WORDS: Taylor Basso
The Bloor Street Cultural Corridor in Toronto, Ontario was one of several sites that participated in the Culture Days Innovation Lab project this past year. We asked all the Innovation Lab Partners to reflect on our 2017 research findings, conducted by independent research firm Maru/Matchbox, and to choose one statistic that helps inform their participation in Culture Days.
Heather Kelly, Director of the Bloor Street Cultural Corridor, was interested in how participating organizations partner together to develop Culture Days programming.
The last time we checked in on the 20 organizations that comprise Bloor St. Culture Corridor, “Toronto’s most diverse arts and culture district,” they were in the throes of preparation for Culture Days 2017 – polishing up at the Bata Shoe Museum, pressing the blouses ahead of the Estonian fashion show, and tuning up instruments at the University of Toronto in an attempt to break the world record for most bassists playing at once. Now, the dust has settled, and as expected, their collaboration paid off: Culture Days was a success.
“Culture Days is always an amazing weekend, [and] last year was great,” enthuses Heather Kelly, Bloor St. Culture Corridor founder/director. “The University of Toronto Faculty of Music's Bass Day was a big hit. It was awesome to see people having so much fun with the activities at the Gardiner Museum and the Bata Shoe Museum. The Royal Conservatory’s free talk and concert were packed, and they were all wonderful experiences for people. Everyone had a fantastic time!”
If it’s not clear from the roll call of organizations Heather listed, the Culture Corridor is intimately familiar with the value of working together. In fact, as a collective of organizations spanning diverse genres, disciplines and cultures, collaboration is a part of the group’s DNA. “Collaboration is at the very core of everything we do,” says Heather. “[It] strengthens our organizations’ individual audience development, our attractiveness together as an arts district, our programs and events, and the professional lives of our culture workers. By working together, we can [also] positively affect our attendees and our communities.”
It’s perhaps unsurprising, then, that community organizers nationwide prize Culture Days as a springboard for collaboration. When asked if they felt positively about the opportunities generated to collaborate with other artists and arts organizations beyond Culture Days weekend, a combined 68% of organizers across Canada described themselves as either “very” or “extremely satisfied,” with the remaining 32% reporting as “somewhat satisfied.”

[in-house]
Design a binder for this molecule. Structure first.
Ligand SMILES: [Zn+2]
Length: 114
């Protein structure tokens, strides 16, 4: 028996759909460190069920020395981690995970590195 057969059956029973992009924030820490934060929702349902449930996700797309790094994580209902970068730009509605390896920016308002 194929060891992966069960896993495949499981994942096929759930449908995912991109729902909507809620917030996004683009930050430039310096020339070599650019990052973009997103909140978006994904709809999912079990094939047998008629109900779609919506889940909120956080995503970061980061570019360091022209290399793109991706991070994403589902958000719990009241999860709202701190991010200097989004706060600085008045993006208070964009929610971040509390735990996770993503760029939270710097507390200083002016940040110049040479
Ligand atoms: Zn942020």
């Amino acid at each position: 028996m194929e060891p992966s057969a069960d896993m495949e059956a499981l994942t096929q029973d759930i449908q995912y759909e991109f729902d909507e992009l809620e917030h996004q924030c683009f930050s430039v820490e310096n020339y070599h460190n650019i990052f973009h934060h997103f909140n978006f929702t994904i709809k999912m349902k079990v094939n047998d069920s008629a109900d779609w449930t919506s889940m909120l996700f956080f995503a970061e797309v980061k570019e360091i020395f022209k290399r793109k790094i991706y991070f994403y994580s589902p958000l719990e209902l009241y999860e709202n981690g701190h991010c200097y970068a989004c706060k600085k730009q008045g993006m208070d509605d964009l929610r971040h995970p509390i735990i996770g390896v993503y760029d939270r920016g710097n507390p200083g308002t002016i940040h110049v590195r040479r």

Heather isn’t surprised by this outcome: “Having the framework of an established event, with some public promotion and event-finding resources for the public makes it a bit easier for organizations to say, ‘hey, let’s do something together to be part of this great national celebration of arts and culture.’” From there, continued collaboration post-Culture Days becomes a natural endpoint. “One of the things that this [statistic] highlights is how much of an opportunity Culture Days can be to be the anchor or the spark to form new collaborations and to strengthen or augment existing ones, with an eye to continuing the collaboration in the future.”
As for the Bloor St. Culture Corridor, continued collaboration is inevitable. It’s simply the organization’s way of life. “As a network of organizations, the whole is greater than the sum of its parts,” says Heather. “The impact we can have together is greater than the impact we would have separately.” And she hopes that other organizations seize the benefits of working together beyond Culture Days. “There are so many opportunities to collaborate all the time,” she enthuses, noting that these opportunities simply require “some creativity, some goodwill, and some proactive action.”
Oh, and in case you were wondering? Yes, the University of Toronto did break that world record, as over forty bassists came together to play “The Elephant” from Saint-Saëns’s The Carnival of the Animals. Chalk it up as another victory for collaboration.
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